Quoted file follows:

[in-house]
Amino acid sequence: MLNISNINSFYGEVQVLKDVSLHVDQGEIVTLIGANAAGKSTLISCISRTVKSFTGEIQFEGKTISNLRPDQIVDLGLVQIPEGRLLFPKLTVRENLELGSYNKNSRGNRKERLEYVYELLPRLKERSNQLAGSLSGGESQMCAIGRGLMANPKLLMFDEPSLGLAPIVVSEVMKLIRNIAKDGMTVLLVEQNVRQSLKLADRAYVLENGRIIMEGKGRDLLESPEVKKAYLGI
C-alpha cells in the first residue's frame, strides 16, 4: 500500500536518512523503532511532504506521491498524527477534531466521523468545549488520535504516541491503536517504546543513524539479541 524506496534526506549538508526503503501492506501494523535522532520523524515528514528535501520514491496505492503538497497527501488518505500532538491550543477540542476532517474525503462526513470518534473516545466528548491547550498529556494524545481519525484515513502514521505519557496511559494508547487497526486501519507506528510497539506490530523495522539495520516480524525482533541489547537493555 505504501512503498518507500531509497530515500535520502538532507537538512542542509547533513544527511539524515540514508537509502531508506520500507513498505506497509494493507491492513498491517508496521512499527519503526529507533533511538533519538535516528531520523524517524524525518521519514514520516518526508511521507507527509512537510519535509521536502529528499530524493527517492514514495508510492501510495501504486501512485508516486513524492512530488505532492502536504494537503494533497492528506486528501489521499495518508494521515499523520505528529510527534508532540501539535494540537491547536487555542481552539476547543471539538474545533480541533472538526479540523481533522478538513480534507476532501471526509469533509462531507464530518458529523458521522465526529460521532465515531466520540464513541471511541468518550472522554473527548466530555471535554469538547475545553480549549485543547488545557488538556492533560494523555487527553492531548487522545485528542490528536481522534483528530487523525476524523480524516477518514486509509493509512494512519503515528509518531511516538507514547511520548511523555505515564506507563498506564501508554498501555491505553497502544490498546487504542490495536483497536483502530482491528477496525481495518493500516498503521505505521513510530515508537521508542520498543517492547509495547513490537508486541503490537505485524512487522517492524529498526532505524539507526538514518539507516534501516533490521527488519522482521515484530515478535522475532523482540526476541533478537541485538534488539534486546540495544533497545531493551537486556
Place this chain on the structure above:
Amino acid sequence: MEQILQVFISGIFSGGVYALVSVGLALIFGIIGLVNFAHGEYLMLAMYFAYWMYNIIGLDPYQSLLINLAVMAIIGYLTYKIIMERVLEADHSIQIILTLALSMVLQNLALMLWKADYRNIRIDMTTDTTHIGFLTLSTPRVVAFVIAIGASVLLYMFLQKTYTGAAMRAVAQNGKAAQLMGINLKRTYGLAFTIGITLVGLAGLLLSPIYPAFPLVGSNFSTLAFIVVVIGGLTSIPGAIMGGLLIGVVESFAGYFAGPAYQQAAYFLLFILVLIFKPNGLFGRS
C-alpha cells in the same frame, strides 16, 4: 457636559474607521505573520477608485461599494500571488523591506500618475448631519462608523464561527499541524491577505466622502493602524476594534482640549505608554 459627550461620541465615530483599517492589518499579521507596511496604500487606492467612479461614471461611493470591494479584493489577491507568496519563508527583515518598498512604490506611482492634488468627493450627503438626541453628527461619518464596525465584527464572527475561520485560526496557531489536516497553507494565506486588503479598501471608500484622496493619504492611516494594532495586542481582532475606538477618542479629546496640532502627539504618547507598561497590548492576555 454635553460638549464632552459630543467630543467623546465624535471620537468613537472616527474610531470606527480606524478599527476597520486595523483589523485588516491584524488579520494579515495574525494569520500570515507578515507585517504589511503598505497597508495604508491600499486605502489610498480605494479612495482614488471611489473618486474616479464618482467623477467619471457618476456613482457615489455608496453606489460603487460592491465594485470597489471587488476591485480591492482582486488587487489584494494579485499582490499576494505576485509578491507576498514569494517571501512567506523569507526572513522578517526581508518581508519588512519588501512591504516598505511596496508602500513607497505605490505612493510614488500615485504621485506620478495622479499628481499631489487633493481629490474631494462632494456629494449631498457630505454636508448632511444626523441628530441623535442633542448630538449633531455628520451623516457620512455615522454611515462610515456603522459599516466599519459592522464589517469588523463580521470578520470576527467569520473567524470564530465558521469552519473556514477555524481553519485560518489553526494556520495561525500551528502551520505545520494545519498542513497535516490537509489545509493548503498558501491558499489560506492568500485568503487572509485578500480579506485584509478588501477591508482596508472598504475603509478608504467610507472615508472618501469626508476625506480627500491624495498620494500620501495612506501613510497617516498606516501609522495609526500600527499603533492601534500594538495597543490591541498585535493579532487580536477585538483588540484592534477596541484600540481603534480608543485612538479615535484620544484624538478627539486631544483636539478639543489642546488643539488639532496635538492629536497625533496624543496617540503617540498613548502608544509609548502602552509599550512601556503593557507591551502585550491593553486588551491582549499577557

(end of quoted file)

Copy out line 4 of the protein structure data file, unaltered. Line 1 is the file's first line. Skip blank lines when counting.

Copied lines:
Place this chain on the structure above: